This webinar was originally broadcast on Tuesday, December 13, 2016.
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Premature Component failures plague our industry and hurt your bottom line. To control the damage, a holistic approach is needed. Many approaches have provided incremental improvements but not a cure. What if there was a force multiplier that not only enhances other reliability improvements but also allows implementation of performance enhancements at lower risk? This webinar will provide an overview of the real world loads that damage your turbines and demonstrate how controlling these loads will improve compete system reliability.
Participants will learn:
- The damaging effects of uncontrolled inertial loads – real world field data
- How torsional control is a force multiplier to other reliability improvements
- Connecting the dots: how transient loads lead to failures
- How to safely implement performance enhancement – more power at lower risk
Doug Herr, VP of Sales and Marketing, AeroTorque
Doug joined PT Tech/AeroTorque in 2007 and has 18 years of industrial experience. He began working in the Wind Industry in 2009, and he was deeply involved in the launch of AeroTorque when it was spun out of PT Tech in 2013. His early experience in the Wind industry included significant up-tower work and monitoring of wind turbine drivetrains, working to further develop the unique equipment AeroTorque uses for field data acquisition and field validation of the WindTC torsional control. He has had papers published internationally in industry magazines and has presented at numerous conferences in the US and Canada on the subjects of transient loads, their causes and effects and how they can reduce drivetrain reliability.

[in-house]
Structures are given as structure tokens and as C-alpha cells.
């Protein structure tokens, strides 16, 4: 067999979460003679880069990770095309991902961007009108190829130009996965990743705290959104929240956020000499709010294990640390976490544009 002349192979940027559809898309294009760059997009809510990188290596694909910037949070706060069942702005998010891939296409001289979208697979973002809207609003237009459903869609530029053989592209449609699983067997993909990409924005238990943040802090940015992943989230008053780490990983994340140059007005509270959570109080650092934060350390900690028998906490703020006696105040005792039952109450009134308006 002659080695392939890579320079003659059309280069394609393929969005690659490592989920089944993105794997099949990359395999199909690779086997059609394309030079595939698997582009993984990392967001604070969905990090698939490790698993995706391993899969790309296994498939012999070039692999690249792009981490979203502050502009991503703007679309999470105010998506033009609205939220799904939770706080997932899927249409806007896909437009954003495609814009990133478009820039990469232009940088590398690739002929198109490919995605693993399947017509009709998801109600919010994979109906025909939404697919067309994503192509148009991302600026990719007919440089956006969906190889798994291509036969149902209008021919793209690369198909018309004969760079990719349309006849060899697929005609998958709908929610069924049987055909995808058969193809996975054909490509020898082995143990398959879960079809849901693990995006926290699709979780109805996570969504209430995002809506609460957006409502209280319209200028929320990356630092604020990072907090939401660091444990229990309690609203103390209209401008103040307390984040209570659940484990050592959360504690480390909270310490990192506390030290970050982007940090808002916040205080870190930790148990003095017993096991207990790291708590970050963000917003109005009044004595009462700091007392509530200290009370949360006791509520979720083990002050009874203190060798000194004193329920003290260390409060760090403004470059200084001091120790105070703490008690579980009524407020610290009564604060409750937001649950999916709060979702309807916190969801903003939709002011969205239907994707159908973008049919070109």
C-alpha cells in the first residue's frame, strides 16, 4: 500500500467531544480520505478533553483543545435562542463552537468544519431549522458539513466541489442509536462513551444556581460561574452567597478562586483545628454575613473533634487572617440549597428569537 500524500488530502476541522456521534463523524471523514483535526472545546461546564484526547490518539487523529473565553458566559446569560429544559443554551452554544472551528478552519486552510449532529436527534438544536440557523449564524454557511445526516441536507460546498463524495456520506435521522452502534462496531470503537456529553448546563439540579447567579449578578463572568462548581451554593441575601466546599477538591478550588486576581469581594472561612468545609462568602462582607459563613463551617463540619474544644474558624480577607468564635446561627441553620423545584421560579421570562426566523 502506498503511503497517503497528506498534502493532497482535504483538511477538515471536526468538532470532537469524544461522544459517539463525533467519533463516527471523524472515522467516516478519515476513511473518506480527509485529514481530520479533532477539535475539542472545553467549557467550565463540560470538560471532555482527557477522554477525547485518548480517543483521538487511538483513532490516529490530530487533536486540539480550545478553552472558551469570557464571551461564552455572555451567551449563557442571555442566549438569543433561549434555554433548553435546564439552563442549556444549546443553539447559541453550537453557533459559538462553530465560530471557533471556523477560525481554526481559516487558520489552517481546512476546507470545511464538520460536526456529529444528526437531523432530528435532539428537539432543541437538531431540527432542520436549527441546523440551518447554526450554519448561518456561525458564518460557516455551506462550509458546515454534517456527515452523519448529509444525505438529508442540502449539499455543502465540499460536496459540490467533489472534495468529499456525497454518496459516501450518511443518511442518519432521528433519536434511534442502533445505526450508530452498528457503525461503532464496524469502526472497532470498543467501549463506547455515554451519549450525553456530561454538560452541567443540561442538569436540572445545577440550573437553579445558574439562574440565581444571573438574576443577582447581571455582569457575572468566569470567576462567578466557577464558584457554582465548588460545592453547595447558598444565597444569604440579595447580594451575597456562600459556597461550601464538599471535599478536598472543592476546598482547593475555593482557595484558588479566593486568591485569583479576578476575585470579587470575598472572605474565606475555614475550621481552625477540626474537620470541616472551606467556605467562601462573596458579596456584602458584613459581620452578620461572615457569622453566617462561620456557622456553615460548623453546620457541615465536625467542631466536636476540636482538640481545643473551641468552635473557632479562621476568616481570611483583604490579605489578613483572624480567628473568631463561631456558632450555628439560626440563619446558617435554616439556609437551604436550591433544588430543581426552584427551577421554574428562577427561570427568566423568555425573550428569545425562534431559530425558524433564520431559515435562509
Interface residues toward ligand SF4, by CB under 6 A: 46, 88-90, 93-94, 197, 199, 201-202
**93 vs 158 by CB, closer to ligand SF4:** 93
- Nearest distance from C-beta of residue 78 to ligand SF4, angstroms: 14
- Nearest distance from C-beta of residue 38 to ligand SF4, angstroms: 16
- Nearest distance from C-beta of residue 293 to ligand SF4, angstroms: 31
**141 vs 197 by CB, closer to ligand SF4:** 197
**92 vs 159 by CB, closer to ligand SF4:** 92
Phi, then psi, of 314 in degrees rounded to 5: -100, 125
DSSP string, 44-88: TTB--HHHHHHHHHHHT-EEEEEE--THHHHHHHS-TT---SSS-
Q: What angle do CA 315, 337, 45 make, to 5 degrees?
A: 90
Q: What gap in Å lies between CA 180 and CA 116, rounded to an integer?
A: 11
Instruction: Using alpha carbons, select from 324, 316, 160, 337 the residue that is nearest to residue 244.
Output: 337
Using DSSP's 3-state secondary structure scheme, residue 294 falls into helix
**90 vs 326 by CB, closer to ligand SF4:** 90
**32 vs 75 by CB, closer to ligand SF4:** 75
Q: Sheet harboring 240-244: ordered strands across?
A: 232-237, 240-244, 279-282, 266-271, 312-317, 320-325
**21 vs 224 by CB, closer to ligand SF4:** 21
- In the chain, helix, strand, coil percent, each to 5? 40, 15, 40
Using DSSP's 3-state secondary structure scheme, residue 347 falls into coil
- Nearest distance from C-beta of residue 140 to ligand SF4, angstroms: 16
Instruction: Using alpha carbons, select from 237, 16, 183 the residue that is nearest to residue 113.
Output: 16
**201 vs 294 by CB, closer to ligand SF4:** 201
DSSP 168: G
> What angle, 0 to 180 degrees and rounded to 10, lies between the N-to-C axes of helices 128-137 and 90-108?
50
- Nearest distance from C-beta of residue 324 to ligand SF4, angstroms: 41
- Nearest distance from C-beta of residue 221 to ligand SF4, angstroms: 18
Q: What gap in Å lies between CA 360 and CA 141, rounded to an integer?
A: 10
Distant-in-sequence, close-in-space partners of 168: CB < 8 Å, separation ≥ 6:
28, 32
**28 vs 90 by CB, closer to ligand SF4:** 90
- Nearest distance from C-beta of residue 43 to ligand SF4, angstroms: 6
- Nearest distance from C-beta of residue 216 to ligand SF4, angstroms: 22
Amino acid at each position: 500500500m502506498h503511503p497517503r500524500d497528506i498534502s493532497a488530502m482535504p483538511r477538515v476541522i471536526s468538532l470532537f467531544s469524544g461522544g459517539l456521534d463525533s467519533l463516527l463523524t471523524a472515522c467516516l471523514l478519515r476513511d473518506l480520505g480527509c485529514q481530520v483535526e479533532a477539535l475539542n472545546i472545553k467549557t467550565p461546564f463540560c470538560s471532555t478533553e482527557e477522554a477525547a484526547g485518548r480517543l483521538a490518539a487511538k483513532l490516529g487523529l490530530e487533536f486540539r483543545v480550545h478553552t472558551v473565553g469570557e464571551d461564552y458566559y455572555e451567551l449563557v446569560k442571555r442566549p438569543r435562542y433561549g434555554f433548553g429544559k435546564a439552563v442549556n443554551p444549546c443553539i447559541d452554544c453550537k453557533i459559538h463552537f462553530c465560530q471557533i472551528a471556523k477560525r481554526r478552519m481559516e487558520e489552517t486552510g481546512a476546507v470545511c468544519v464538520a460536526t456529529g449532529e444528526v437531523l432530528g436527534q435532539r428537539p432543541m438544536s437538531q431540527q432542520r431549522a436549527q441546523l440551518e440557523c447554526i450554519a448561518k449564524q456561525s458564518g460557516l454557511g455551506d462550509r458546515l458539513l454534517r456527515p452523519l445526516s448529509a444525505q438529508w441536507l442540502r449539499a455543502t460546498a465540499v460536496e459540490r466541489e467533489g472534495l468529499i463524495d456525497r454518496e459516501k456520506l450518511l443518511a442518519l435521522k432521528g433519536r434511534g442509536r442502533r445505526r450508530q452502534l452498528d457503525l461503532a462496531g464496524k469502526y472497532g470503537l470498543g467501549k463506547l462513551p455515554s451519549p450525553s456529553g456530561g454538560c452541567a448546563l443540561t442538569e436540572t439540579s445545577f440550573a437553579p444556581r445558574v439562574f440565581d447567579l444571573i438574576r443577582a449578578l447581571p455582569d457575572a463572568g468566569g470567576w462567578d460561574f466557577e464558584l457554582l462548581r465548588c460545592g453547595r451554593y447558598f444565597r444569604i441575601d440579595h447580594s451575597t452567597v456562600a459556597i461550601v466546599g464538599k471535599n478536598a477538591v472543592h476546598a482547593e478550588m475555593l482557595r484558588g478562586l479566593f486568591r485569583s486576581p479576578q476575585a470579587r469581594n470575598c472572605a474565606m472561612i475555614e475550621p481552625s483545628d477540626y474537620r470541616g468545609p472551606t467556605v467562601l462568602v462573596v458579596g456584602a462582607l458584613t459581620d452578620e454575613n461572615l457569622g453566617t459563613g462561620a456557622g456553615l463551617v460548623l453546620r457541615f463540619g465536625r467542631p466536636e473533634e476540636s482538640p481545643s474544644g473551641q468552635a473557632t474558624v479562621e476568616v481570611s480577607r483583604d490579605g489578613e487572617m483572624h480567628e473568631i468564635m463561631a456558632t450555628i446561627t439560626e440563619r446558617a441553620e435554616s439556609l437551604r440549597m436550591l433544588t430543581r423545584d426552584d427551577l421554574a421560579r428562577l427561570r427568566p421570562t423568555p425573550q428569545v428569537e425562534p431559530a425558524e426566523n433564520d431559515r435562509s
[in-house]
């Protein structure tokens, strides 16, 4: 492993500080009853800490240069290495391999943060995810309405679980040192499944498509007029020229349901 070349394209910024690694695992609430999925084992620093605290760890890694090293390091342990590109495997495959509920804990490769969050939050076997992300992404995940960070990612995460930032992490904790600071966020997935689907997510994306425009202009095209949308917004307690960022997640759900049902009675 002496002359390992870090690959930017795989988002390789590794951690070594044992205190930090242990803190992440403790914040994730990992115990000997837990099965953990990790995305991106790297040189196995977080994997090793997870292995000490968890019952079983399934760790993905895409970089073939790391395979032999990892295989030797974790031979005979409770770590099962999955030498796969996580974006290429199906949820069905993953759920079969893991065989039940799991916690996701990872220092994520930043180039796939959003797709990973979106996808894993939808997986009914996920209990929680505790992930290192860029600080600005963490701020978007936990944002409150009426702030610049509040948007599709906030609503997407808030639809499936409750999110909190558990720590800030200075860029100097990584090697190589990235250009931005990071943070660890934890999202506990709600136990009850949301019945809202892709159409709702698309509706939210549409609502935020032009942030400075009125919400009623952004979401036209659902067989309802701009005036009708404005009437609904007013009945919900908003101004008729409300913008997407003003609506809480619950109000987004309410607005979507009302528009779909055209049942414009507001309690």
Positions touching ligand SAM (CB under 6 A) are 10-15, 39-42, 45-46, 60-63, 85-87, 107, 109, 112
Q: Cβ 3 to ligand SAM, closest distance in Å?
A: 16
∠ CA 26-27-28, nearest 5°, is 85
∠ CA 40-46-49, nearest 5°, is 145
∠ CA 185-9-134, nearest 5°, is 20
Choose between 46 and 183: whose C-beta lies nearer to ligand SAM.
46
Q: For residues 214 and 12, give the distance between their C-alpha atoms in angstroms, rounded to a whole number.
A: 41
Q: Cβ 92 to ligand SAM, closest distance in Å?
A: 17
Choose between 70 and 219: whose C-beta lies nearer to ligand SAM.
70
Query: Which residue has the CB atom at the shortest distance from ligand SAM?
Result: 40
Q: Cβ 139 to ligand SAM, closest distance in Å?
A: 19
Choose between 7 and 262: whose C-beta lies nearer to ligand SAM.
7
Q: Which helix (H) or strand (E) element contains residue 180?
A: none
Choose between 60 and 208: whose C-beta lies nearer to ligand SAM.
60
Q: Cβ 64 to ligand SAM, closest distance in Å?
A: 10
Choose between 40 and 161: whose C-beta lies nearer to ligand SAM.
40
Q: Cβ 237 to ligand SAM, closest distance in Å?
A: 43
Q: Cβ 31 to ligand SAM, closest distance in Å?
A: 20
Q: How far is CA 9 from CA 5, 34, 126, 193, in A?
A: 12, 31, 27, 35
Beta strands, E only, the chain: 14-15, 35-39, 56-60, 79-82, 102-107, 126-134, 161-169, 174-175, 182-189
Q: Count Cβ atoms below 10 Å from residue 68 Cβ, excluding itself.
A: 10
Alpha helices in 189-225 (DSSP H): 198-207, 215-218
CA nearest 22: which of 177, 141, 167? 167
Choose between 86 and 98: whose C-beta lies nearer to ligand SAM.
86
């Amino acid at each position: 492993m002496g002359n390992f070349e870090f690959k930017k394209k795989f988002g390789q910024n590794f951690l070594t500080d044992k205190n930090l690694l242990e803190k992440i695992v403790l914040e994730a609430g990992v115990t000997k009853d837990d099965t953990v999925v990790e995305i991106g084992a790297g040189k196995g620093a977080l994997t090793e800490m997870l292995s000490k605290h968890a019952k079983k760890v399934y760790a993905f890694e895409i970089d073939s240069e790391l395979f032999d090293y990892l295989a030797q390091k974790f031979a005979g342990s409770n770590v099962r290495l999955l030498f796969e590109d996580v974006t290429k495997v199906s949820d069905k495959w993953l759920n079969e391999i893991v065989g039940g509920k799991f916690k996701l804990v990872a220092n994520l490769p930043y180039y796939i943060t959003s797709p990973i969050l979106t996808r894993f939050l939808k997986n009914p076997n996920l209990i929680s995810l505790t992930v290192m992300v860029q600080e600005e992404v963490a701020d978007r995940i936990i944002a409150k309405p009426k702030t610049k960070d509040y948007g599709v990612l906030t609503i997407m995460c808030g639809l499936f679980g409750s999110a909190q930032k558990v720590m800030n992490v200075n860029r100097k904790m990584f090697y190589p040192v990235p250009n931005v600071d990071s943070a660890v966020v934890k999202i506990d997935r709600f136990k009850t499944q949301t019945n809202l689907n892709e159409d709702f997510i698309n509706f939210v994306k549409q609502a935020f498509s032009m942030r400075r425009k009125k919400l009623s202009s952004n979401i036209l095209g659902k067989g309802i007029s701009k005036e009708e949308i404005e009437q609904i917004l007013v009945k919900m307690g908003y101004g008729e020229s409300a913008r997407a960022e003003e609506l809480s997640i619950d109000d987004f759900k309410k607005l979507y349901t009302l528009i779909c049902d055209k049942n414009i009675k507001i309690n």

Paul Baker, VP of Sales and Engineering, AeroTorque
Paul Baker joined AeroTorque in February 2016, and has been working in the wind industry since June of 2004 with Moventas & Frontier Pro Services. Paul’s diverse background includes the sales, repair and application engineering of industrial and wind turbine drives for the past 22 years. He has studied drive train failures, written papers and presented at AWEA, CANWEA, AGMA, and the national labs. A graduate of the US Navy Nuclear Power Program, he completed undergraduate work at the University of Wisconsin and Arizona State University. He has served on working groups with AWEA, CANWEA, and AGMA.
Paul Dvorak, Moderator, Windpower Engineering & Development
Editor Paul Dvorak has several years of mechanical engineering experience and 30 years experience writing and editing technical articles and editorials. He says he’s interested in just about anything related to wind and solar. He’s an Air Force and Viet Nam veteran and even taught high-school math and science for two years before turning to engineering.
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